To get in the spirit of enjoying the fruits of the sea, try a classic dish called Bouillabaisse or fish soup. It is more of a stew than a soup which originally was cooked on the beach by fishermen using any of their catch that had little market value. Today, Bouillabaisse can be found on some seafood restaurant menus featuring tomatoes, potatoes, onions and saffron to complement an assortment of seafood choices. It fits into the MIND diet (Mediterranean Intervention Neurodegenerative Delay) and the DASH diet (Dietary Approach to Stop Hypertension). Fish and seafood really is brain food. Try adding various assortments of seafood to this recipe for a quick and tasty meal.

BouillabaisseBouillabaisse

1 small onion or leek, chopped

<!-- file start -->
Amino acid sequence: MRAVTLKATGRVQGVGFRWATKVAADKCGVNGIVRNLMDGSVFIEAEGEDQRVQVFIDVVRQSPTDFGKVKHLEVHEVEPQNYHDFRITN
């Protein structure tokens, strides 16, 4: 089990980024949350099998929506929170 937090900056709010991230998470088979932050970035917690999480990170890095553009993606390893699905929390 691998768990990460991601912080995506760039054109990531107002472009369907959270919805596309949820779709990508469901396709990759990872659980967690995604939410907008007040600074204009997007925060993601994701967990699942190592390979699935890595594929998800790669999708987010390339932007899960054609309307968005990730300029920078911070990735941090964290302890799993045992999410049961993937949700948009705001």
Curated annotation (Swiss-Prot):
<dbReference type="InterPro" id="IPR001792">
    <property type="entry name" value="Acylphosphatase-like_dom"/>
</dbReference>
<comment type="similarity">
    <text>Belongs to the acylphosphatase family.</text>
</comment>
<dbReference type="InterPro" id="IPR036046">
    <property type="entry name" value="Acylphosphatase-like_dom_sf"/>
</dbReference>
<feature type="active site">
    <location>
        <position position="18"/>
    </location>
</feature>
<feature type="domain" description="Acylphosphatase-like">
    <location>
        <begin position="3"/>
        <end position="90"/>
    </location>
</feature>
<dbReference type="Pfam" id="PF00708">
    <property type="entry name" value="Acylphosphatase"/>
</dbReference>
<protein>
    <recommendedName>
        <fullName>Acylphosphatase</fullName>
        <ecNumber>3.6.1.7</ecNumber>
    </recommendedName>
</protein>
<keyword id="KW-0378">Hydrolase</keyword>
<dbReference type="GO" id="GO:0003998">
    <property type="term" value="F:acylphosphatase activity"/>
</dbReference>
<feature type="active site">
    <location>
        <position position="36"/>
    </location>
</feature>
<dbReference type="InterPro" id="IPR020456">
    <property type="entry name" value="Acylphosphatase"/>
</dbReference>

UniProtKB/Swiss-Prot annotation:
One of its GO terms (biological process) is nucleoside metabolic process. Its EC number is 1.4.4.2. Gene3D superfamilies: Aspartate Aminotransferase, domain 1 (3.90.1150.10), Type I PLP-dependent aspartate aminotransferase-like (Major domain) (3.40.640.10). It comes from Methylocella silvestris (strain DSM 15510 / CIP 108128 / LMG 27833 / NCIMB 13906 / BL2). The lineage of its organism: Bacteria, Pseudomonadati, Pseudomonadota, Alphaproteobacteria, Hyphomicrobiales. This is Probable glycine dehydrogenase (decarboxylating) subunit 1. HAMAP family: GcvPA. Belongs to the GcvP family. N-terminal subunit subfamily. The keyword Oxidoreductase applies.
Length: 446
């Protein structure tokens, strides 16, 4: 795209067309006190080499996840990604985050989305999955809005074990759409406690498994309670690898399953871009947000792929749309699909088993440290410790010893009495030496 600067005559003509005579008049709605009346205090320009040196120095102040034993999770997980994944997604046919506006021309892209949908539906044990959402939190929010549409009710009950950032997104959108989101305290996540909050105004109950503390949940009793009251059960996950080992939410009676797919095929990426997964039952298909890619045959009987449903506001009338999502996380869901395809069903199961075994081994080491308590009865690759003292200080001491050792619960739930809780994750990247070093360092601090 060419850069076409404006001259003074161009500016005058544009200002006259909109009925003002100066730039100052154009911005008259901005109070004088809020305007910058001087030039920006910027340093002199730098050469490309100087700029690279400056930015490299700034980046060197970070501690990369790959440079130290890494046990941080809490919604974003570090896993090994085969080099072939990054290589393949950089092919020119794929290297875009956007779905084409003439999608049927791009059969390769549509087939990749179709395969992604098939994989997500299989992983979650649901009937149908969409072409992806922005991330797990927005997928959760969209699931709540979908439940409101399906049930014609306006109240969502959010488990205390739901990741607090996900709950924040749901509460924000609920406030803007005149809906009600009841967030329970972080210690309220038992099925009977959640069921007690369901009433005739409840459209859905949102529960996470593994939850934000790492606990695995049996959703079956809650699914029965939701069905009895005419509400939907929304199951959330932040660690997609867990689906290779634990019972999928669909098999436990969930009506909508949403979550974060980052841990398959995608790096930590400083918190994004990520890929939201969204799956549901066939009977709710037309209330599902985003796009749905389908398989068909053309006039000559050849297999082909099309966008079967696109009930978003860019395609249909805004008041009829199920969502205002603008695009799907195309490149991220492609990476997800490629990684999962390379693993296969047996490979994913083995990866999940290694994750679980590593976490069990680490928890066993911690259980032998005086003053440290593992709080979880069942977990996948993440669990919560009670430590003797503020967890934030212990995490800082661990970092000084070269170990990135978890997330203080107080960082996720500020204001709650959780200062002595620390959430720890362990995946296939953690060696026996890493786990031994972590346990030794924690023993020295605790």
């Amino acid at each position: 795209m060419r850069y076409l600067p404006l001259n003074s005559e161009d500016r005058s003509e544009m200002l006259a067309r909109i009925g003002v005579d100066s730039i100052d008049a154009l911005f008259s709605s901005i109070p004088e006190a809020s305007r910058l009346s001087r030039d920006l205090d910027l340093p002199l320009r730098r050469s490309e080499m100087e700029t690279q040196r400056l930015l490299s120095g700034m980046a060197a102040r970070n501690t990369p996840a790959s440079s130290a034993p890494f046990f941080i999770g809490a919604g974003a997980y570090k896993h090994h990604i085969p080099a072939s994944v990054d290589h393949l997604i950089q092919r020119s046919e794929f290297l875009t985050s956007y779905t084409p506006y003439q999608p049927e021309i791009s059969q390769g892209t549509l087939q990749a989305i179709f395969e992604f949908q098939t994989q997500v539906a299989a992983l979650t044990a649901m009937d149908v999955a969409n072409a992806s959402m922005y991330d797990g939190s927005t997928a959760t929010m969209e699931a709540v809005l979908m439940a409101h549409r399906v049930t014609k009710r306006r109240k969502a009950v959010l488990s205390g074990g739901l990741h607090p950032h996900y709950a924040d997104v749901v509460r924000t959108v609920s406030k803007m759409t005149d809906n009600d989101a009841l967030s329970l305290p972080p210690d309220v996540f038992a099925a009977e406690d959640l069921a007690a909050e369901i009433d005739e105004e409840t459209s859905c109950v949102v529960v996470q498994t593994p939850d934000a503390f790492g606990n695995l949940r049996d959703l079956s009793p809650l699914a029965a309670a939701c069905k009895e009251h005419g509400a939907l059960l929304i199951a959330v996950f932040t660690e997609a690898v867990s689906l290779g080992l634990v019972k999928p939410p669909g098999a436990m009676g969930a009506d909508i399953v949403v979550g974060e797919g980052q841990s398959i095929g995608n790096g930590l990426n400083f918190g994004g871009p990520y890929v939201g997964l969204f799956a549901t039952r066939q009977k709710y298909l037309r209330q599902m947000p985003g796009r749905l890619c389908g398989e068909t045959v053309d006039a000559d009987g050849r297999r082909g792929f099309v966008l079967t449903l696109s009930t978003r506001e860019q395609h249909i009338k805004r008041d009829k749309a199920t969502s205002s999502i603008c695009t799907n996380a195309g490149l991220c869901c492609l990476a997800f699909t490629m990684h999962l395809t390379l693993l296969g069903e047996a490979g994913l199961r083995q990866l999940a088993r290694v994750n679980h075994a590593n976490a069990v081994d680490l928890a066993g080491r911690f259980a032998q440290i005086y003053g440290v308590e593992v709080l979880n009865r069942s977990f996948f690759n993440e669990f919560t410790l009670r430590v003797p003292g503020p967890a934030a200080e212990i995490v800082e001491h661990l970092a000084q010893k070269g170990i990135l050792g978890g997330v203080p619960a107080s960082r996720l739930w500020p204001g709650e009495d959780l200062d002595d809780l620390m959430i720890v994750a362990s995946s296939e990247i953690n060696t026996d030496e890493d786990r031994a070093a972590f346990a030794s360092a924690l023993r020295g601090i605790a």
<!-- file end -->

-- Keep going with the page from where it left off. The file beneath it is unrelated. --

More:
1 small garlic clove, chopped
1 tablespoon olive oil
2 ripe tomatoes, chopped
3 cups water or fish stock
1 teaspoon tomato paste
Large pinch of saffron
1 bay leaf
1/2 teaspoon dried thyme leaves or 1 fresh sprig
1 1/2 pounds fish, cut into bite-size chunks
2 potatoes, peeled & sliced thin
Salt & pepper to taste

Saute onion and garlic in oil. Add tomatoes, water, tomato paste, saffron, bay leaf and thyme. Cook until tomatoes are soft. Add fish and potatoes. Simmer until fish and potatoes are tender, 8 to 10 minutes over low heat. Season to taste. Makes 4 servings.

Calories per serving 246
Protein 24g
Carbohydrates 13g
Fat 4g
Sodium 232mcg (No salt added)

Written by PFAdmin

September 28th, 2015 at 3:03 pm

Bison Basil Garlic Burgers

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Bison Burger1 pound ground bison
1 tablespoon chopped fresh basil
1 garlic clove, minced
1 egg
1 teaspoon mustard

Combine all ingredients and shape into 4 burgers. Cook in skillet over medium heat until patties are desired doneness. Serve hot with favorite accompaniments. Makes 4 servings.

One 3 oz cooked burger = 159 calories
Protein 35g
Carbohydrates 0
Fat 3g

Written by PFAdmin

September 28th, 2015 at 2:57 pm